Great Depression, world War II, U.S., American theater, Eugene O'Neill, playwrights, Arthur Miller, Tennessee Williams, Edward Albee, writers of new American realism, John Dos Passos, Nathanael West, John Steinbeck, Thomas Wolfe, Richard Wright, Henry Miller, Dashiell Hammet, Raymond Chandler, James Cain
The confidence of the Jazz Age died in 1929 with the Crash. As the nation threatened to disintegrate, the American writer recognized the fragility of its coherence ; capitalism and industry could no longer be trusted to sustain an egalitarian society that could guarantee the welfare of all. During the 1920s, American writers expressed their dissent from a materialist America by expatriation, by engaging in experimental aesthetic adventure, by exploring new forms and joining in the excitements of surrealism. Many of the expatriates came back and found the country changed. There was now a need to reinterpret the country's past, and Marxism seemed an appropriate grid. In a sense, the dialectic that dominated the 30s was the opposition between Marxism and the conservative response it engendered. It is not difficult to understand the appeal Marxism held for novelists like Dreiser, Wright, West and Dos Passos, with its faith in progress, science and a better life. But by the end of the 30s, Marxism would lose in energy to challenge the American model, and Russia would no longer represent a viable alternative to America, notably because of Stalin's purge trials (1930s). Marxism and psychoanalysis can be seen as part of the growing internationalization of the American literary intelligence.
[...] Hammet is famous for The Maltese Falcon, which was made into a film (1941) by John Huston with Humphrey Bogart that is considered to be the first film noir, The Glass Key and Red Harvest, which was also made into films. Raymond Chandler continued in this direction with novels like The Big Sleep, also made into a famous film (1946) by Howard Hawks with Humphrey Bogart. He also worked as a screenwriter in Hollywood. James M. Cain is famous for Double Indemnity (1944), which was made into a film (1946) by Billy Wilder, and is considered to have written novels that are even more brutal. [...]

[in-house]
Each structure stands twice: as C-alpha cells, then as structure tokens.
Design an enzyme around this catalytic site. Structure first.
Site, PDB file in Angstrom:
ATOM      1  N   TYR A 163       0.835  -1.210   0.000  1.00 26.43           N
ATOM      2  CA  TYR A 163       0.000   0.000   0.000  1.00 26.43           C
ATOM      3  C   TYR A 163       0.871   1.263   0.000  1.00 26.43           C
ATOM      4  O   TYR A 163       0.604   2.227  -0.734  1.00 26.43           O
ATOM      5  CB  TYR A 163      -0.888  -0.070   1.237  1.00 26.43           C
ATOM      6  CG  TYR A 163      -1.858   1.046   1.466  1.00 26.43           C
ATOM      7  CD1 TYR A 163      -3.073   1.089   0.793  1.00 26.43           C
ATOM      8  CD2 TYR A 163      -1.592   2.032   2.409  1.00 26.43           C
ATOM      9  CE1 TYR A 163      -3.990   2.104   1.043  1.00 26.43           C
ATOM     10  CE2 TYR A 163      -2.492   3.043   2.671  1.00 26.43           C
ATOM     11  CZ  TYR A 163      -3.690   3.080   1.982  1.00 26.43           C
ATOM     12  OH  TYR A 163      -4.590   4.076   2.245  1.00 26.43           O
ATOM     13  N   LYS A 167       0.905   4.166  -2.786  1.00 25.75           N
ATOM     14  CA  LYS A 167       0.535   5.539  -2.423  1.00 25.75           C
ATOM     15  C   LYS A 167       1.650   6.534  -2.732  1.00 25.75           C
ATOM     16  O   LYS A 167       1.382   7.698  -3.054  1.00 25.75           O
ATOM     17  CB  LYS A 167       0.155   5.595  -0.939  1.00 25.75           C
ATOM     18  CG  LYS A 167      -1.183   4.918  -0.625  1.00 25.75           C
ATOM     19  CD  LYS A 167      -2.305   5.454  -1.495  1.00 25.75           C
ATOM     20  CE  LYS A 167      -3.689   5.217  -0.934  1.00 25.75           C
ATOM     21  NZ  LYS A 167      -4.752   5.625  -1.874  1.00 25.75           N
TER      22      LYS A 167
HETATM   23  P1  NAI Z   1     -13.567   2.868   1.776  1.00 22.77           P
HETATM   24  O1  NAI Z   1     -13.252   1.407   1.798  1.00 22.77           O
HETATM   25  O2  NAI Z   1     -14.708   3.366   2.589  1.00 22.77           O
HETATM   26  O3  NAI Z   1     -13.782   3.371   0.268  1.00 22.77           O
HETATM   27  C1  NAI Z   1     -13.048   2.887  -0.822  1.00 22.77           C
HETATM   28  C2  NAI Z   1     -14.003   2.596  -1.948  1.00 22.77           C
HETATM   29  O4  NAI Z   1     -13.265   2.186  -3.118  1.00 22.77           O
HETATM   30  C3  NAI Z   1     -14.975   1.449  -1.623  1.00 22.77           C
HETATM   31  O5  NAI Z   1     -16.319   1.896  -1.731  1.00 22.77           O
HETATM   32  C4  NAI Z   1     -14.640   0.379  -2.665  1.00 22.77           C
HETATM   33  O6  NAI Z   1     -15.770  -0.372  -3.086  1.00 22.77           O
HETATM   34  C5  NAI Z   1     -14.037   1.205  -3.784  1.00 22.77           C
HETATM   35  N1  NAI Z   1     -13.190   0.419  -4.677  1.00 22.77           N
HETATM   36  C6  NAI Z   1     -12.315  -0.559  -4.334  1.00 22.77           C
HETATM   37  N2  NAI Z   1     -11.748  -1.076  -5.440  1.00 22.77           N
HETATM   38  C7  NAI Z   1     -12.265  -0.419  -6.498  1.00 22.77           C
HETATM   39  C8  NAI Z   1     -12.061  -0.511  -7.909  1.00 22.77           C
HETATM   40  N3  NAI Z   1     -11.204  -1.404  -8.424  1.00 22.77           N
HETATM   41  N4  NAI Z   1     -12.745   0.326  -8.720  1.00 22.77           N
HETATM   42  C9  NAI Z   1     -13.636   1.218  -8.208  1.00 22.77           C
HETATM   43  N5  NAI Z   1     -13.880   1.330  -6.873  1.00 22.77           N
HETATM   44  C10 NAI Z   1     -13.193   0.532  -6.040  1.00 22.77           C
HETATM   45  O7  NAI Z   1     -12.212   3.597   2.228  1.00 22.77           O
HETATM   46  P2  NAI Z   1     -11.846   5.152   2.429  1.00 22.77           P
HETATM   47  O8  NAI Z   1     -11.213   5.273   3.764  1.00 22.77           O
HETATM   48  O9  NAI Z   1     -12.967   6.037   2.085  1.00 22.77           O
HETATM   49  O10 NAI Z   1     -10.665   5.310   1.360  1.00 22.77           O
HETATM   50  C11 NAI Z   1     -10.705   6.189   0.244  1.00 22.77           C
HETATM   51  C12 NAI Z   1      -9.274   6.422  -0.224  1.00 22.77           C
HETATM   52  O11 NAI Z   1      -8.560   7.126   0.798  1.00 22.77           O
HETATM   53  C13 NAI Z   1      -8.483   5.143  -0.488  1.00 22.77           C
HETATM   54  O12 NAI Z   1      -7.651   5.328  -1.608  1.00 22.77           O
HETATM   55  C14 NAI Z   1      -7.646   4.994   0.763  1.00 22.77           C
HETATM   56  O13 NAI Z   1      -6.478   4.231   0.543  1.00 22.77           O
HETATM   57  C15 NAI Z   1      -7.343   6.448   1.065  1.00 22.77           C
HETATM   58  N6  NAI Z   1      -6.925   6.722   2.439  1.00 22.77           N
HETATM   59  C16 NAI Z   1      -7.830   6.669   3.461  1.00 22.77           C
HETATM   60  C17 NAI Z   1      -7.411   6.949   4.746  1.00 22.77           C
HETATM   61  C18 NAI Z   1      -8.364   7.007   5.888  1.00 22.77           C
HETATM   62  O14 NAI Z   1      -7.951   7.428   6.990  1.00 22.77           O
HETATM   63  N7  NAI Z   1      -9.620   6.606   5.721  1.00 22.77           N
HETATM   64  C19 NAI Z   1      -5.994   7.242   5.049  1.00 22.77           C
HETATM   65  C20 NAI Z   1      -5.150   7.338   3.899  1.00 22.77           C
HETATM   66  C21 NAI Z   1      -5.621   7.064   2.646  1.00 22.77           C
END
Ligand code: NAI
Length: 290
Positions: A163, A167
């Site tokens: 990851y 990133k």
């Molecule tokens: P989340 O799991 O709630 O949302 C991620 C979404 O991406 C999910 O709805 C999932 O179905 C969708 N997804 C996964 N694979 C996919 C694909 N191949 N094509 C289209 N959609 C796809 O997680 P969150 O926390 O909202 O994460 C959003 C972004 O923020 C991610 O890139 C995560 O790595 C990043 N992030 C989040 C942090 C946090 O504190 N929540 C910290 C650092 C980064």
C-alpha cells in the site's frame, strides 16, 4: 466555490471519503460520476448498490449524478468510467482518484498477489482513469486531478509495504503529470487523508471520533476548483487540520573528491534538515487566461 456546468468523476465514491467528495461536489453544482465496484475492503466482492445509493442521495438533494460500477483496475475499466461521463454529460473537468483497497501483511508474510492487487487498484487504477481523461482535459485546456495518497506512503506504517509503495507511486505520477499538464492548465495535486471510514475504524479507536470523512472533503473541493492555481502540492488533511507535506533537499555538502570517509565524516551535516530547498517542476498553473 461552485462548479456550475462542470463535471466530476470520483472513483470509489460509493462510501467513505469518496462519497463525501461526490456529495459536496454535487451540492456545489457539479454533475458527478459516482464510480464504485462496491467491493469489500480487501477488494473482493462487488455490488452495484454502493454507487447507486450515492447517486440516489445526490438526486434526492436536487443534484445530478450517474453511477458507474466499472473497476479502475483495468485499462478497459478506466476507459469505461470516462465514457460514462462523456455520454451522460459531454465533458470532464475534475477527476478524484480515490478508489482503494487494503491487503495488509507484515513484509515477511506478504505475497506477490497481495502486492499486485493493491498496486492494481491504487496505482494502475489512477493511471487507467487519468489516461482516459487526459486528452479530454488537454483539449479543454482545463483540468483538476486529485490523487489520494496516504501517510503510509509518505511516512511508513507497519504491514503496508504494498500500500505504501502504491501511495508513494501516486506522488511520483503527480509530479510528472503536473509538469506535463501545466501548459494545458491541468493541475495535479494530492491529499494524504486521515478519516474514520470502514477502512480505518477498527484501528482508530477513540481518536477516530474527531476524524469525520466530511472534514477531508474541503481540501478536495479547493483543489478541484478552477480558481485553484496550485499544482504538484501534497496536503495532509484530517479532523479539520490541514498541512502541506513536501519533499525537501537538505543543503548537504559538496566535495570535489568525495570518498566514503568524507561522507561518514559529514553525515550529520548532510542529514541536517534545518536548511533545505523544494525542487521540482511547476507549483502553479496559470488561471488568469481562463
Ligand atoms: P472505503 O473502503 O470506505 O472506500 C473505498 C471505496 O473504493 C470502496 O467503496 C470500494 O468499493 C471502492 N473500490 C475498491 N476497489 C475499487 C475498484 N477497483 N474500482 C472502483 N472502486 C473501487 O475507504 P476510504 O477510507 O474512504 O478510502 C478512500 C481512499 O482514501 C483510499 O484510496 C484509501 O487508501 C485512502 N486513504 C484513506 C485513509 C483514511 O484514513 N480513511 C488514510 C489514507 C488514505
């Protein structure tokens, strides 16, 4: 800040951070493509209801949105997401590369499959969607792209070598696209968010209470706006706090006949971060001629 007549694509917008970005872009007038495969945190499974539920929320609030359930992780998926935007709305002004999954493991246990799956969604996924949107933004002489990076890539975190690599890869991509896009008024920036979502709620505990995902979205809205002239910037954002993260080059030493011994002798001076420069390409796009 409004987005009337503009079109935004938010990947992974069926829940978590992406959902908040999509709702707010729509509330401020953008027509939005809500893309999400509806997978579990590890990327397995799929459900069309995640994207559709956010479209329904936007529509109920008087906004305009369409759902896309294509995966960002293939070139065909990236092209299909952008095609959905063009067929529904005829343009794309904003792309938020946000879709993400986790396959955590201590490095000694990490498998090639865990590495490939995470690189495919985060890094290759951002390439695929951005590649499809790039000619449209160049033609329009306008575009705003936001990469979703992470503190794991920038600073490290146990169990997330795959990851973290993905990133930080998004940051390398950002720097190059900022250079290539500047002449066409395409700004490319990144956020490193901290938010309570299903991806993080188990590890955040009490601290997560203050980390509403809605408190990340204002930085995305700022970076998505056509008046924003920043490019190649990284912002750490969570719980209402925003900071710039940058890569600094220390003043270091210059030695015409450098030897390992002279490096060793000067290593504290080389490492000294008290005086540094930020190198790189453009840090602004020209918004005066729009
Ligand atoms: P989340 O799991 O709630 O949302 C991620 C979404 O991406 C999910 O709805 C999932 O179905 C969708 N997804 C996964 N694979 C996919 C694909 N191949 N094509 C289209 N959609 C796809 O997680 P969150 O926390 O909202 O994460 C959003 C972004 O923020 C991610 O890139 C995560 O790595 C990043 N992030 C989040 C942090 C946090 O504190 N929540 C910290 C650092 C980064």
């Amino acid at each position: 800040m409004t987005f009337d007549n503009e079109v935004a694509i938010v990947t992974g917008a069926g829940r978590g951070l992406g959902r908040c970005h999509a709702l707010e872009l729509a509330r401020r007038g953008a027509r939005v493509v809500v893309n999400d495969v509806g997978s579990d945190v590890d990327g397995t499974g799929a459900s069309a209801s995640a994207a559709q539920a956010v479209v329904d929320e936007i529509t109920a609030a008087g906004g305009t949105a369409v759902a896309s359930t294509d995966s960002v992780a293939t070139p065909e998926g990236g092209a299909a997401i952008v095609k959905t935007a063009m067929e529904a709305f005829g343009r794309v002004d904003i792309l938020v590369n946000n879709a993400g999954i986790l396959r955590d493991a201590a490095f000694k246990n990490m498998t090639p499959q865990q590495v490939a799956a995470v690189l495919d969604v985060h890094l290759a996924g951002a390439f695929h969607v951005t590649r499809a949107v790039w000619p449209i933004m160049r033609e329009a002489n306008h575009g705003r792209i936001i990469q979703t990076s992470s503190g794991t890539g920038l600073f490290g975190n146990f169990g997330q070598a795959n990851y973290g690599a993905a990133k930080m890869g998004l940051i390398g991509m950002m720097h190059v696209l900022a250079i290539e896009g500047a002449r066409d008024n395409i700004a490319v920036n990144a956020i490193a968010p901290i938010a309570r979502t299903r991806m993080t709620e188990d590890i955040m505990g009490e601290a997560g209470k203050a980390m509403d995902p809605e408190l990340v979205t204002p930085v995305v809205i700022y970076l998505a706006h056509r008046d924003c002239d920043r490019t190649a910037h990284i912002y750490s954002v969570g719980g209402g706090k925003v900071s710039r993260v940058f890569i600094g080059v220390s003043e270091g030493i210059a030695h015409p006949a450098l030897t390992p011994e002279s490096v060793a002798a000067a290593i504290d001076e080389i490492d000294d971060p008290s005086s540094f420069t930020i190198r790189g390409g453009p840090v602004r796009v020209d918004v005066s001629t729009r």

[...] California becomes once again the virgin Western kingdom where dreams and struggles of humanity are experienced. This novel, and Steinbeck's work as a whole, is, like Faulkner's, an excellent example of regionalism, where the local becomes a paradigmatic example of human experience. D. Thomas Wolfe (1900–1938) After studying in North Carolina and at Harvard, Thomas Wolfe went around the world and wrote about himself, so that his editor had to cut his words into book form, notably in Look Homeward, Angel (1929) and Of Time and the River (1935). [...]
[...] These novels have very complex narratives, so complex even that at the end of The Big Sleep, no one (not even Chandler, said William Faulkner when he was writing the screenplay for the film) really knew who killed one of the characters. The archetypical figures of this genre are the detective, the femme fatale and the psychopath or gangster. Often an ex-cop, the detective is a tough, cynical, ambivalent character. Because he is no longer a cop, he functions as a sort of go- between between the ‘normal' world and the criminal underworld; by doing so, he uncovers the corrupt in the normal world, c'est-à-dire its association to the criminal. [...]
[...] Marxism and psychoanalysis can be seen as part of the growing internationalization of the American literary intelligence. At the end of the 30s, the need for American literature rooted in native soil was even stronger than before; many critics and artists deplored the number of expatriate artists wasting their talent on pursuing European conventions when real novelty was to be found here. In a country so vast as the United States, regionalism seems to have been the solution to developing a native art. [...]
[...] American theater: Eugene O'Neill and other playwrights Theater was never really big in the US. One of the reasons is quite simply the nation's size. It was expensive for visiting British companies to tour the US. Geography also explains why theater has always been concentrated in New York, though Broadway soon became the center for musicals because of rising production costs. Another reason is that film soon became the most representative American art form of the century, and by the 1930s, its center was Hollywood. [...]
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